There are essentially two schools of thought when it comes to John Calipari and the Kentucky Wildcats. On the one hand, they should be praised for the wildly impressive run theyve had in the NCAA Tournament. On the other hand, they should be criticized for wildly underperforming in the regular season.

To which school of thought does Ian Eagle subscribe?

“I tend to go with the positive,” the CBS and Westwood analyst said on The Damon Amendolara Show. “It took a little more time. They had to take their shots. It didn’t come together as quickly as they would’ve hoped.”

Kentucky, with a roster full of NBA talent, was just 22-9 entering the SEC Tournament and had lost three of its previous four games.

“John Calipari changed his philosophy,” Eagles said. “By his own admission, he had gone harsh on them, negative on them, and then flipped the switch late in the SEC season and started going the other way, praising them more, pointing out the positives that they were doing. This team has put it together at the right time. This has been a really fun run to watch.”

Kentucky beat Wichita State, Louisville and Michigan by an average of 3.3 points, with each game coming down to the final minute.

“The fact that they’ve done it against top-level competition – you look at what Kentucky has done to get here, they’ve had the most impressive run,” Eagles said. “They’ve beaten the most quality teams. They’re an 8-seed, so they got no benefit from the seeding purposes, based on the fact that they had the mediocre regular season. They’re the first team ever to beat three of of the previous year’s Final Four teams in a single tournament. All three teams had championship-level experience and Kentucky – with a bunch of freshmen and a couple of sophomores – took care of business against all three.”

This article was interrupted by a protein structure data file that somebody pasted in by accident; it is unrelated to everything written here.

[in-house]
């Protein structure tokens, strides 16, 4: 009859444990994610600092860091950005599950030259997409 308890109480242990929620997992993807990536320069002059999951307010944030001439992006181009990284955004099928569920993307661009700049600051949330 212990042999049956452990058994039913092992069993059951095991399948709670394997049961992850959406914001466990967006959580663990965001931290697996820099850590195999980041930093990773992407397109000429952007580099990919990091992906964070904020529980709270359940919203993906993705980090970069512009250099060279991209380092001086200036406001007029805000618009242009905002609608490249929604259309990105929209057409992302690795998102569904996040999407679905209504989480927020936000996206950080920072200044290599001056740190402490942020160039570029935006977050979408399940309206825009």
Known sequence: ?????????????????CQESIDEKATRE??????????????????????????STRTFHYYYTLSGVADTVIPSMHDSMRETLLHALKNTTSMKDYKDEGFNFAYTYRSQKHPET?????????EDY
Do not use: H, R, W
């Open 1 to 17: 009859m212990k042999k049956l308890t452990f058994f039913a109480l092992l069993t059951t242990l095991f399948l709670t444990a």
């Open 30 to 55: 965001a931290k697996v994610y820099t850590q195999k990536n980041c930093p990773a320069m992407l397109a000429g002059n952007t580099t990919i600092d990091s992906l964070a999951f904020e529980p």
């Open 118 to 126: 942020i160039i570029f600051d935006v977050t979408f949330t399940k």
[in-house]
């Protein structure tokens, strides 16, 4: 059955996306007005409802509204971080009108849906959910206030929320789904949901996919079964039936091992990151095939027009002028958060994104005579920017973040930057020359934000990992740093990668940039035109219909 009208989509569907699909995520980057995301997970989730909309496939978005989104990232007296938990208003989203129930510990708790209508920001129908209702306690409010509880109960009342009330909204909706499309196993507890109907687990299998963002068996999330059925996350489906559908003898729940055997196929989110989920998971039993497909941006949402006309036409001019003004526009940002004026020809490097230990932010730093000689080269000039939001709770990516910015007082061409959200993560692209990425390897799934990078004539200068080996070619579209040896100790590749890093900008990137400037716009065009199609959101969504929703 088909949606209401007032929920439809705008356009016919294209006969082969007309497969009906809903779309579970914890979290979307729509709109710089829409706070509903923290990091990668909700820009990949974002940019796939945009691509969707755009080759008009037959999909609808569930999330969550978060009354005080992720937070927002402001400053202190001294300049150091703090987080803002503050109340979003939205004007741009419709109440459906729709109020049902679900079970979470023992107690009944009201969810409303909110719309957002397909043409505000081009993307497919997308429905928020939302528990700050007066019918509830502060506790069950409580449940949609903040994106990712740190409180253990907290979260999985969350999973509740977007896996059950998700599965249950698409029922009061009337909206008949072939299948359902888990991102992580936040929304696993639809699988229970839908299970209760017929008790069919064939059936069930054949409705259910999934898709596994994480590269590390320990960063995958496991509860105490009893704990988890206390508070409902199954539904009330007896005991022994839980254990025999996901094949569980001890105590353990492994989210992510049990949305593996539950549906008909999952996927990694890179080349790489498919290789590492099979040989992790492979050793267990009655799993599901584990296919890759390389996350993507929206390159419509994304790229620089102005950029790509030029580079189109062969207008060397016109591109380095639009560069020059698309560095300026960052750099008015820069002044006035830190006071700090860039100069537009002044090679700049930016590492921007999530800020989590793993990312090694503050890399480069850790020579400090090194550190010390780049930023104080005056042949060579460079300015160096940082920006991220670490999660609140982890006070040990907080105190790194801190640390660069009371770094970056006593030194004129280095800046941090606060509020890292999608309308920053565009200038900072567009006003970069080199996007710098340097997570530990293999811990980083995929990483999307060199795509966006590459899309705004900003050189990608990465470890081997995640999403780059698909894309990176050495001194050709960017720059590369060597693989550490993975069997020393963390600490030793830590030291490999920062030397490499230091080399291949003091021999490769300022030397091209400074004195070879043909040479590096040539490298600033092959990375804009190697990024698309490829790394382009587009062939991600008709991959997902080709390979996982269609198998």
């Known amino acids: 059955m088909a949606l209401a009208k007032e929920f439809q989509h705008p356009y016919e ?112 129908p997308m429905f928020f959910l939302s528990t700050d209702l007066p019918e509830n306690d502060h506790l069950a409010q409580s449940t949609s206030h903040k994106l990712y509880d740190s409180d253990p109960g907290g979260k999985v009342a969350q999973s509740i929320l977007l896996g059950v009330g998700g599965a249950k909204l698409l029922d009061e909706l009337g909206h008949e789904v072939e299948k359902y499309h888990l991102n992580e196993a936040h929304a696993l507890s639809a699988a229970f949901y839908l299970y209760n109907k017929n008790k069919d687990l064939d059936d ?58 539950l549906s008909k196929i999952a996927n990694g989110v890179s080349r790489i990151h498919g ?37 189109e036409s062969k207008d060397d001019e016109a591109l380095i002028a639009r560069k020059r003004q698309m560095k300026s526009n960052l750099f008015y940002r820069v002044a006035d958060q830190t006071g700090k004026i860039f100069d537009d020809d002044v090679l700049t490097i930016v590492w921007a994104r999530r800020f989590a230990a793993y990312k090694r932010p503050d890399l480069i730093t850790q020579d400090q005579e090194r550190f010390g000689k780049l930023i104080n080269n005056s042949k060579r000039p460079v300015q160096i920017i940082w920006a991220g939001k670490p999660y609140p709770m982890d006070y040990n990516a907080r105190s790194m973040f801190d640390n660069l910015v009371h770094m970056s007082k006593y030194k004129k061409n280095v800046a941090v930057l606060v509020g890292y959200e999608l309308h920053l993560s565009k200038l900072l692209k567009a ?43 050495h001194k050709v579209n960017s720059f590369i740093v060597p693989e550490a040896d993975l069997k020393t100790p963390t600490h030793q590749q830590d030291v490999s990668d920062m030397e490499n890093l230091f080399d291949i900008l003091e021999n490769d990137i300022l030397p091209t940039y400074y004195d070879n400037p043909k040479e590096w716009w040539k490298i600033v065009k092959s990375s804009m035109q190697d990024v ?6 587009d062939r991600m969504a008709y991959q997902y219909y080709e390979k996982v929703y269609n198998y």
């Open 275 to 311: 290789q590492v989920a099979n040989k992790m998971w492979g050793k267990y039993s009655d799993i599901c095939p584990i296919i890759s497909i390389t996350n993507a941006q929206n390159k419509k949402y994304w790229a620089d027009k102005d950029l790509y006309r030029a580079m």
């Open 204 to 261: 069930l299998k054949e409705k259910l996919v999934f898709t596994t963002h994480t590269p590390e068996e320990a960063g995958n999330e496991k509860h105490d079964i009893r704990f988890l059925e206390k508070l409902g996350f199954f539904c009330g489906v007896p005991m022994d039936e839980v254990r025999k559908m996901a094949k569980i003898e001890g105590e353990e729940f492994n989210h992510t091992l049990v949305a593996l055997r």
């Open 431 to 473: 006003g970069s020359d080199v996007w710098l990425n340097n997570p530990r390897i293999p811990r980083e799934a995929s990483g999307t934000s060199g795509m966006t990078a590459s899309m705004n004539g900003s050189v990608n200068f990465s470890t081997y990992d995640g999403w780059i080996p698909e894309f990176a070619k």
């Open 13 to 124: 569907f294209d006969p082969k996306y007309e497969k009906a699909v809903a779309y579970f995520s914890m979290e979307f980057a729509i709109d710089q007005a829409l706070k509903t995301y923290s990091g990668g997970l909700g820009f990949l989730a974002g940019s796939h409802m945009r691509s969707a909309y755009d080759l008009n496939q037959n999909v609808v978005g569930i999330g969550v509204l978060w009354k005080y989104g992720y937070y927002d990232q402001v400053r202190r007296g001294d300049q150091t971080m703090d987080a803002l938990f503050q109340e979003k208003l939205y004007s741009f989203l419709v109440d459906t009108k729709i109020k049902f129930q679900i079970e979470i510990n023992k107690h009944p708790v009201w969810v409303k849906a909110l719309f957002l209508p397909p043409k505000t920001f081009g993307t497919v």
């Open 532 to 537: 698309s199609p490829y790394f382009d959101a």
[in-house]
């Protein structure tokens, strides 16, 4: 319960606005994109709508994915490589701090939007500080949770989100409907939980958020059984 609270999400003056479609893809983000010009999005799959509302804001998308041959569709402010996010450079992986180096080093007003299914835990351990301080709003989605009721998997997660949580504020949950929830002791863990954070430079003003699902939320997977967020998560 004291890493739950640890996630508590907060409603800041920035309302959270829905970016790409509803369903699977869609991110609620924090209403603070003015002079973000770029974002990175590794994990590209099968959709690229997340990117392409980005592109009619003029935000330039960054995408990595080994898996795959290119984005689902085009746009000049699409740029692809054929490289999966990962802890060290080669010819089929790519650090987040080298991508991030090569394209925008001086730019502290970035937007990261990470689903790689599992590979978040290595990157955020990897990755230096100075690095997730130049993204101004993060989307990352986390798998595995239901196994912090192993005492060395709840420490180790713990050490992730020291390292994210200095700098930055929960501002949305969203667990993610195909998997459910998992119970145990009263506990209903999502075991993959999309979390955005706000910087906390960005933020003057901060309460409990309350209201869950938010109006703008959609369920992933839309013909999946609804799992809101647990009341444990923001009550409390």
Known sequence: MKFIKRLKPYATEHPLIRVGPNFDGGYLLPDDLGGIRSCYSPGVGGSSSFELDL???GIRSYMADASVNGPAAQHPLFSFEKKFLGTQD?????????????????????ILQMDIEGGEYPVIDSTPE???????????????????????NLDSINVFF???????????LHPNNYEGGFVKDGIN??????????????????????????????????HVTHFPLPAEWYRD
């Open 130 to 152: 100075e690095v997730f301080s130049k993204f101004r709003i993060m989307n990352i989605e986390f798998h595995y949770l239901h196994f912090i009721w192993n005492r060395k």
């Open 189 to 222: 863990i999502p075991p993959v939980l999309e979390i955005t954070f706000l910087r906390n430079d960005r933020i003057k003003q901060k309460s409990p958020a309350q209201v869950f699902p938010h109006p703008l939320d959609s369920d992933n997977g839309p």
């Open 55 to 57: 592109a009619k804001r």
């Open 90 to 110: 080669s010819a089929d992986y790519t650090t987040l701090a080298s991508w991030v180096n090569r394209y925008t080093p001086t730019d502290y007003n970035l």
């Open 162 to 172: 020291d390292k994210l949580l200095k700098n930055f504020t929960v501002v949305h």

The Wildcats face West region champion Wisconsin on Saturday at 8:49 p.m. EST, with the winner to take on the winner of No. 1 Florida versus No. 7 Connecticut in the national championship on Monday night.

Wisconsin is big and talented – and so is Kentucky. Julius Randle has notched a double-double in all four NCAA Tournament games, while the Harrison twins – Aaron and Andrew – have hit big shot after big shot.

“I’m going to take the positive viewpoint,” Eagle reiterated. “The fact of the matter is you’re going to get judged on what you do this month, and Kentucky – while they may have struggled and took their lumps in January and parts of February – showed some improvement, then (got better) heading into the tournament.”

Two more wins would give Calipari his second title in three years – this after losing in the first round of the NIT in 2013.

“John Calipari is going to be judged on how he brought this team together at the right time,” Eagle said.


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